It is a Samoan term for a chief.
A Matai makes the decisions within the family during times of faalalave, such as weddings, birthdays, and funerals, appointing of new chiefs, tattooing, church events and community issues.
The role of the Matai is very important in Samoan history. From the early days they controlled the life style within the family and cultural values because Samoa had not as yet developed a government.
It is usually the eldest member in a family. However, nowadays the Matai role has been influenced by Christian teaching (e.g. David who was the younger brother was appointed the chosen king instead of his older brother). These days both males and females are eligible for the role of the Matai.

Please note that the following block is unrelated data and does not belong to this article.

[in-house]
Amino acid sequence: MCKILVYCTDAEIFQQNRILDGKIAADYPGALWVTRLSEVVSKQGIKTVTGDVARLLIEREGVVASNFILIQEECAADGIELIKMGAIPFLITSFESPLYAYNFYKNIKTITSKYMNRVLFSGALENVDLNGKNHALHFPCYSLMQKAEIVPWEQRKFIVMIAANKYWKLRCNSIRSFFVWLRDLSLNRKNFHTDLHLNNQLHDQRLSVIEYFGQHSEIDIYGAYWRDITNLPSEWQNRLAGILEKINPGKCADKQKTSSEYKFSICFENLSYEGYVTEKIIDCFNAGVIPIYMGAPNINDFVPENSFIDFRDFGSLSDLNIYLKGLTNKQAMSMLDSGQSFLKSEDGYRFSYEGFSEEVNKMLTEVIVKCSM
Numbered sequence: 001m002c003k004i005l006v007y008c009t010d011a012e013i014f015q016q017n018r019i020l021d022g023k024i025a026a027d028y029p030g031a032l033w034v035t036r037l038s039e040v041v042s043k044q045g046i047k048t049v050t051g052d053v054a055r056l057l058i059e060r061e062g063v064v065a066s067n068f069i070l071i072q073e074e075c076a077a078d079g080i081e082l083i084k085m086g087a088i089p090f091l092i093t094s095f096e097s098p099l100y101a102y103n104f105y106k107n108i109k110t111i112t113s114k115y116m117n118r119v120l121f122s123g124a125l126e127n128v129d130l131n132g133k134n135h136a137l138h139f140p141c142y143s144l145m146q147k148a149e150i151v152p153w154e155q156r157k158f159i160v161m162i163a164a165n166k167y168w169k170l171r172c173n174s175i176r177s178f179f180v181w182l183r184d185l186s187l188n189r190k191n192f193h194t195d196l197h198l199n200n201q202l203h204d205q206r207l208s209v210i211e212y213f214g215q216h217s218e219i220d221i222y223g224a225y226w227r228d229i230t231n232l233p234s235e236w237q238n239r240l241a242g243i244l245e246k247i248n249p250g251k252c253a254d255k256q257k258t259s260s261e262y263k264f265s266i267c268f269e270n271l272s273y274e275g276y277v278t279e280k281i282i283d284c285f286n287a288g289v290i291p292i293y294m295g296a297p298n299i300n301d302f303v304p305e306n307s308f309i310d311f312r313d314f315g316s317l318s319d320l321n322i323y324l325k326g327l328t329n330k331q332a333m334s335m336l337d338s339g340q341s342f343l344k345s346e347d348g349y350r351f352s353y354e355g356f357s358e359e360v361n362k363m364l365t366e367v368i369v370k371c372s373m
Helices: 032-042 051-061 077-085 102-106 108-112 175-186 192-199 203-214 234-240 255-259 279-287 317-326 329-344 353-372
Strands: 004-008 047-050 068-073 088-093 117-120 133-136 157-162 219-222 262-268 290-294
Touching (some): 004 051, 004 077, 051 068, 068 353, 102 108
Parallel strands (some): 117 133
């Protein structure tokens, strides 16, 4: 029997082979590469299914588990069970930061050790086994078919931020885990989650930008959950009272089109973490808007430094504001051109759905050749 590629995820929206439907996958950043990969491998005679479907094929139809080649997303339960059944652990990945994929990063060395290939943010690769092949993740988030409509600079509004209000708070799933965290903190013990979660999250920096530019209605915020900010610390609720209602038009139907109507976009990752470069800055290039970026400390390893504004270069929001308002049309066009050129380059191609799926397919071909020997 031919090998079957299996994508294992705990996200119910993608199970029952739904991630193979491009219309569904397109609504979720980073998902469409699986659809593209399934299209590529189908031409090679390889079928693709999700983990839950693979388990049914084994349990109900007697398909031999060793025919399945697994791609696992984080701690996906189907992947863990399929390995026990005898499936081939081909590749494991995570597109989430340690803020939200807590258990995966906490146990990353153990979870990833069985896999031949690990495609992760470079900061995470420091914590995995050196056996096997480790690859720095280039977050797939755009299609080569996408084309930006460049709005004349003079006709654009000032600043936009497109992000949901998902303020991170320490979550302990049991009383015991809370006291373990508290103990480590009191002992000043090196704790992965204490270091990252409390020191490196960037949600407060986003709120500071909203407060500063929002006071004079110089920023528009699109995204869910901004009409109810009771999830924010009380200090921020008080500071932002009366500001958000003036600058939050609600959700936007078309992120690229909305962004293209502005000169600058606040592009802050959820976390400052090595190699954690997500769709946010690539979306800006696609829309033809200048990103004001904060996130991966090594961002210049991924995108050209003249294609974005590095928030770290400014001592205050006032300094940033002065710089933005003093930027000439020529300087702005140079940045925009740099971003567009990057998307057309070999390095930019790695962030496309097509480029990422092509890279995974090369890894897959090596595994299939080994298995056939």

When Christianity was introduced in Samoa, cultural values, traditions and perspectives started to change. Christianity is now a vital aspect of Samoan culture. Church every Sunday is considered a "must" for every Samoan family.
Daily prayer is done every day in all families throughout all villages in Samoa. This is called a ‘Sa’, meaning ‘sacred time’. Samoan singing is also a big part of Christianity. Singing to God is also a form of prayer. One of the popular Samoan church songs is ‘Ia Pepese’:
Le na tatou tupu ai
Ina ua na alofa fua
Ia te I tatou uma nei
Mataafa Iosefa, who is my great grandfather, was one of the rulers of Samoa. He was the first to accept Catholic Christianity in Samoa. When Mataafa saw white people in Samoa, his first impression was that they were people from the heavens. The Samoan term for white people is ‘palagi’. But because he thought that they were people from the heavens, he called them ‘papalagi’, meaning ‘white cloud’.